The OBR predicted that health spending will rise from 6.8% of gross domestic product (GDP) in 2016/17 to 9.1% by 2061/62. State pension and social care costs are also predicted to increase.
Without substantial cuts in spending or increases in tax, the gap between government income and expenditure will widen, the OBR warned.
The financial watchdog's ‘fiscal sustainability report’ included 50-year projections for all public spending, revenues and significant financial transactions in order to review the sustainability of the UK’s public finances.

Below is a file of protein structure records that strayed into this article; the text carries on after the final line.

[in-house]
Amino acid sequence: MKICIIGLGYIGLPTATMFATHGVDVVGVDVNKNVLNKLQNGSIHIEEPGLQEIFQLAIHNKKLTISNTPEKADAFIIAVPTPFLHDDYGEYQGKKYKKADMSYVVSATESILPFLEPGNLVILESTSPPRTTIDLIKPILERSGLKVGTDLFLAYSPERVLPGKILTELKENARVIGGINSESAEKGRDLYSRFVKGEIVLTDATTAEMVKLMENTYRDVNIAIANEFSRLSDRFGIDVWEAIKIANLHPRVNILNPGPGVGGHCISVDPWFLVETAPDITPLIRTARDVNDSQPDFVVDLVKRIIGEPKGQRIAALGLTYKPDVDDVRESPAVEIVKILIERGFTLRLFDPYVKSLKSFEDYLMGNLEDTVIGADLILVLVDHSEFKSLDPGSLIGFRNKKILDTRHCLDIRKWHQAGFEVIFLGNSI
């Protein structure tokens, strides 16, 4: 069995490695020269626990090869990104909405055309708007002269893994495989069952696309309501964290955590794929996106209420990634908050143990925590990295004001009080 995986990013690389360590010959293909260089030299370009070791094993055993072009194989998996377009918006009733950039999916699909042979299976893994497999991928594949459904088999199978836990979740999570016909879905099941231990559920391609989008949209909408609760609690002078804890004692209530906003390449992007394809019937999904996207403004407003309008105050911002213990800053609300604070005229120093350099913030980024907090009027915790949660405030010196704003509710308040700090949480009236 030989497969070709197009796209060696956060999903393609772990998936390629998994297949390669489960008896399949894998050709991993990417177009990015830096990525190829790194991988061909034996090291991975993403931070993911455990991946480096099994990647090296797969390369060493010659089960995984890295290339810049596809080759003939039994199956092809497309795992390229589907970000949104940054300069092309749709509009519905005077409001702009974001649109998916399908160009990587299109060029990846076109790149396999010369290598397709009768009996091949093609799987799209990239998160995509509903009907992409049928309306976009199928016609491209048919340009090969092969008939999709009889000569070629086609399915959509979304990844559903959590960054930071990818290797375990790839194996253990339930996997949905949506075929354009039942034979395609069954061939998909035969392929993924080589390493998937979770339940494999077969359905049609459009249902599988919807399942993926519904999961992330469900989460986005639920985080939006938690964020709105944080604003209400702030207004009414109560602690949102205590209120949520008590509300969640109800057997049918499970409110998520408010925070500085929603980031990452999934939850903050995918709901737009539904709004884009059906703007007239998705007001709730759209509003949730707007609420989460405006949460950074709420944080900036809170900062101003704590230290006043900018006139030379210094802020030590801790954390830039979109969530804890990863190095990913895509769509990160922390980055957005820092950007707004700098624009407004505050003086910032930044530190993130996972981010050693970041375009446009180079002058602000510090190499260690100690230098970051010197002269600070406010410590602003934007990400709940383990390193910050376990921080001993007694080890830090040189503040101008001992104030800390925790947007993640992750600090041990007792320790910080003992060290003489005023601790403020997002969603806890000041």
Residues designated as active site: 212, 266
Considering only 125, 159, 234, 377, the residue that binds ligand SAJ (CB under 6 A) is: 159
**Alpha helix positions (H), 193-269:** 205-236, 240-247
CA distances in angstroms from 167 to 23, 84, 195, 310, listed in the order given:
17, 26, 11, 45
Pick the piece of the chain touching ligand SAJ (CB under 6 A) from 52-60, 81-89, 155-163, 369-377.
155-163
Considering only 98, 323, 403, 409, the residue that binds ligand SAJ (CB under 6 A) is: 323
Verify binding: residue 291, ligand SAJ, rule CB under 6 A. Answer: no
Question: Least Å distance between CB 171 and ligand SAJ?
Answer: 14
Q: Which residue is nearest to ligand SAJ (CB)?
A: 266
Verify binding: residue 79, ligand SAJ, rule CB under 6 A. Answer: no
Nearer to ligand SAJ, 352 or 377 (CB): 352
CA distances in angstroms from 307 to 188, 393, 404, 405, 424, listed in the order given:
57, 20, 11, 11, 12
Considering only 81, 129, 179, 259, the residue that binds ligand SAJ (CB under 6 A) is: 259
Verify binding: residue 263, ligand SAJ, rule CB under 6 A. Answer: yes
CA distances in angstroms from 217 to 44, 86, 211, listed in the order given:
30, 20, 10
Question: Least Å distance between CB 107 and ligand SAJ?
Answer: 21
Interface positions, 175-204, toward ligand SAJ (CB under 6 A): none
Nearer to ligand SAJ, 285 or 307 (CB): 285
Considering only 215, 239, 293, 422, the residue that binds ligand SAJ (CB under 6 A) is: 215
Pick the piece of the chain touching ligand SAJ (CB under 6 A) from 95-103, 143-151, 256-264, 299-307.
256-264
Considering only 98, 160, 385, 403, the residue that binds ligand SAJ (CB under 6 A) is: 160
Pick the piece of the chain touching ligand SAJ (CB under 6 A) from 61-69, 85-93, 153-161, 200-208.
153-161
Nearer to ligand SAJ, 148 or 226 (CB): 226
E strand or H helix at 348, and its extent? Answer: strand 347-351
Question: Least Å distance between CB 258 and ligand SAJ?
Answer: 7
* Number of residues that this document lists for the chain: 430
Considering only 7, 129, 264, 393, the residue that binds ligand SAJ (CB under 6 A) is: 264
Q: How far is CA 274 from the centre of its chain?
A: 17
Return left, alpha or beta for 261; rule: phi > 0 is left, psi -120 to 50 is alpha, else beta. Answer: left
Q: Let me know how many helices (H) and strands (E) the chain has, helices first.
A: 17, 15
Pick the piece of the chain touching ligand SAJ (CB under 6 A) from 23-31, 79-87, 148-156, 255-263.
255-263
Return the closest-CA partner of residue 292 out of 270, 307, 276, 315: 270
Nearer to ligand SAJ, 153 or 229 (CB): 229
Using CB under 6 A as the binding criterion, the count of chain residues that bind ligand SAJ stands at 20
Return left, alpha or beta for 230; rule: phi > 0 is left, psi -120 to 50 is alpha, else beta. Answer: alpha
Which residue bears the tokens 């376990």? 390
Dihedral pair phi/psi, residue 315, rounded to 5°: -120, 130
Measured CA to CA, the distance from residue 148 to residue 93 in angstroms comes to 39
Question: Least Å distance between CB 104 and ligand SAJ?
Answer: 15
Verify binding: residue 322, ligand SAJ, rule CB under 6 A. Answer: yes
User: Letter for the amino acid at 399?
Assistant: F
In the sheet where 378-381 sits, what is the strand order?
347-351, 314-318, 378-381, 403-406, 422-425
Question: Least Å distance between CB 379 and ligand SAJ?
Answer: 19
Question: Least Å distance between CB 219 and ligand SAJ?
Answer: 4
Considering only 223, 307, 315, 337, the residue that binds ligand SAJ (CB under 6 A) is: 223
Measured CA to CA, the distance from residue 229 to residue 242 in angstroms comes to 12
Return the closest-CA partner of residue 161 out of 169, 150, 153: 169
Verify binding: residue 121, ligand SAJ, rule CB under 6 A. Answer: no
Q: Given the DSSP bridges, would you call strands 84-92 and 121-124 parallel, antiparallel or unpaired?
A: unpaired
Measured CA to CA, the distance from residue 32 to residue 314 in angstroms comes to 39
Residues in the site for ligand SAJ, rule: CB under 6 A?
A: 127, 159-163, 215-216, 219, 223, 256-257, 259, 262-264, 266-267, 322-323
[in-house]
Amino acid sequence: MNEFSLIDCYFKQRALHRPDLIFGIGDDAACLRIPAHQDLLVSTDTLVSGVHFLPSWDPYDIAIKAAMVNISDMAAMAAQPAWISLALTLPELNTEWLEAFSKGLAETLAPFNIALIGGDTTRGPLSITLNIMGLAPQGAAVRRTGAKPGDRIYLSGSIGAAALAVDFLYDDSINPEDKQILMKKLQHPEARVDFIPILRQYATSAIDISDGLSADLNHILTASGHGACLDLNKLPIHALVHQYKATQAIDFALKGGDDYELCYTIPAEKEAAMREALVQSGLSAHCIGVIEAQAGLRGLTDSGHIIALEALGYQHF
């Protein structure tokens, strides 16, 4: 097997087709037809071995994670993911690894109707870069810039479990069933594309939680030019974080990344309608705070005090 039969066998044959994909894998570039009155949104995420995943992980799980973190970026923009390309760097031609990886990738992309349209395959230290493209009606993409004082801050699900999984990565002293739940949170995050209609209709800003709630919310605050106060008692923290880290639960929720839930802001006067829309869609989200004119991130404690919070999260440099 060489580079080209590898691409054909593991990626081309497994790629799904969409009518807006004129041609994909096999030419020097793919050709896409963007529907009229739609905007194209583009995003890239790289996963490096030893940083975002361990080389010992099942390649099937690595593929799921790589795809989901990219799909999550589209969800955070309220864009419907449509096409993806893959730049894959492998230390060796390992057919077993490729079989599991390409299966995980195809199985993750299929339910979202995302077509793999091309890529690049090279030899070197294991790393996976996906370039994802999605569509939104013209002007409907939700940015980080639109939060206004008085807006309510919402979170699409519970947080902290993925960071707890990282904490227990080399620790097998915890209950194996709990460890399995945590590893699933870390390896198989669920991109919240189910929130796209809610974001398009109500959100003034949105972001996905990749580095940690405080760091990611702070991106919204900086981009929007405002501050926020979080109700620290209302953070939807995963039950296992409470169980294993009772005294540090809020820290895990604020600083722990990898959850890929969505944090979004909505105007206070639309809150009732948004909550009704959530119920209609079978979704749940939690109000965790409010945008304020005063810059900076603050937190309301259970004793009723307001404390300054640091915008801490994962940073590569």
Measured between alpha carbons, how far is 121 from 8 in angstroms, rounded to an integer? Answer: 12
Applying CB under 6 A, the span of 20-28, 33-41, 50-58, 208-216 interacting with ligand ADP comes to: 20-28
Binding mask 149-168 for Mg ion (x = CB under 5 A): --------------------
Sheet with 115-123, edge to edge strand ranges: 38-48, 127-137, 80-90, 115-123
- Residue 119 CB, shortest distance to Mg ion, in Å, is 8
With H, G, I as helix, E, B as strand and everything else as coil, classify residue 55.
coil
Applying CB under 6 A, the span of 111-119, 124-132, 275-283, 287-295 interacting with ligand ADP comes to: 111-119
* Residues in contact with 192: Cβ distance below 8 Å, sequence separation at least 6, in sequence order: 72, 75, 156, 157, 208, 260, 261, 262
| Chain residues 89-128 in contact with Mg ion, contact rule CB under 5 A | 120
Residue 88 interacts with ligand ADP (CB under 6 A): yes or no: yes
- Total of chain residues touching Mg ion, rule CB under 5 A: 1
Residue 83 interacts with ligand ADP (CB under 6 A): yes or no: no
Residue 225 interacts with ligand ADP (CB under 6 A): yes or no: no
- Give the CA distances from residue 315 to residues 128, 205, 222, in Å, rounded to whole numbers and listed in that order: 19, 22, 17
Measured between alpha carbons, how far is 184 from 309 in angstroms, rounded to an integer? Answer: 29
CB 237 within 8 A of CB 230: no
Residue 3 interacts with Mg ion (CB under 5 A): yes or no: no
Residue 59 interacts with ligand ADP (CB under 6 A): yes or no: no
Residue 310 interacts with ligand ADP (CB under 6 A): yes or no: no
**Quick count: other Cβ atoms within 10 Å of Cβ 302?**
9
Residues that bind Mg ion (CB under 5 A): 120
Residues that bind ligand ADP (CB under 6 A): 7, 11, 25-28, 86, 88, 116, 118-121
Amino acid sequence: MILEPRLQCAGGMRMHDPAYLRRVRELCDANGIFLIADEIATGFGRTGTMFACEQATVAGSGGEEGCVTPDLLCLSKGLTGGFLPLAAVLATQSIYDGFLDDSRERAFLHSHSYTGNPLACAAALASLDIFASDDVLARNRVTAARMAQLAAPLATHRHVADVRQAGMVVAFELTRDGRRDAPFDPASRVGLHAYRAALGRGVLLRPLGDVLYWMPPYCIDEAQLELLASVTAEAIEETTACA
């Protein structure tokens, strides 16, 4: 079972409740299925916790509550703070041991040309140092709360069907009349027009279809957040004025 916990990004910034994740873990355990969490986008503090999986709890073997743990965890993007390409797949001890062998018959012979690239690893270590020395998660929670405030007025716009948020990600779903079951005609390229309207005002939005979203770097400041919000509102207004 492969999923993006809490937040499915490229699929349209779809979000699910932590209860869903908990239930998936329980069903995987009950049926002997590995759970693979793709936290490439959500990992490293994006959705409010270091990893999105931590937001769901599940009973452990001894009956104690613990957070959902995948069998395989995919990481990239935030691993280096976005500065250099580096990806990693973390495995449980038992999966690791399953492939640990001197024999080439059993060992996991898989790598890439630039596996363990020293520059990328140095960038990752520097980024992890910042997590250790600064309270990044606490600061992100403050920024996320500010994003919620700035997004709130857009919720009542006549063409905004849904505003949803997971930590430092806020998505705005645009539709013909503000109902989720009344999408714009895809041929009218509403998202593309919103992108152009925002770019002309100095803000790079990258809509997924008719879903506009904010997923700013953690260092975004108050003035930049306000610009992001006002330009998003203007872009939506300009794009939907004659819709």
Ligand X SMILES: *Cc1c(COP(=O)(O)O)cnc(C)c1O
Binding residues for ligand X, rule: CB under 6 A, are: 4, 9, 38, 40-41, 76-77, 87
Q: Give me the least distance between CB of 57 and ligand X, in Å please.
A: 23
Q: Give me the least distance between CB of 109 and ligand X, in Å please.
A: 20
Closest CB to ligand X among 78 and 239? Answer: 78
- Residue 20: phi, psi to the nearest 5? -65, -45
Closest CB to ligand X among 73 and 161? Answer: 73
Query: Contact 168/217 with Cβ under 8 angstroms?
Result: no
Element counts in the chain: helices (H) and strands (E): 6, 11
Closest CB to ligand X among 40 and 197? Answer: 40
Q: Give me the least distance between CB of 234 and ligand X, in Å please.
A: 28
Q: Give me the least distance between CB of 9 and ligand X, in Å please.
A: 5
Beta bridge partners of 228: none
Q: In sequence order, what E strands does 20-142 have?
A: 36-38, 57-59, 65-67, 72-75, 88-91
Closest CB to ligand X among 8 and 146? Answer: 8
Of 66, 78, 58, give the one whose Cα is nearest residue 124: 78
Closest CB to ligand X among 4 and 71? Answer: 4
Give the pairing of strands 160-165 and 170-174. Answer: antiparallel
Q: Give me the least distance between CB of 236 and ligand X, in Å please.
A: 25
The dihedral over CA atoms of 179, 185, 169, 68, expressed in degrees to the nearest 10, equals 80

The proportion of the population aged over 65 is expected to rise from 17% in 2012 to roughly 26% in 2061.
The office expects that the government will have to spend more money on age-related items, such as pensions and health care, with a negative effect on public finances.
The OBR commented: ‘From 2016/17 onwards the main drivers of the increase in non-interest spending are health, state pensions, and long-term care costs, due mainly to the ageing population.’
The European Commission produces its own analysis of ageing pressures for member states every three years. The most recent projections estimate that the UK would experience an additional spending pressure equivalent to 3.3% of GDP between 2010 and 2060 This was slightly below the EU average of 3.9% of GDP.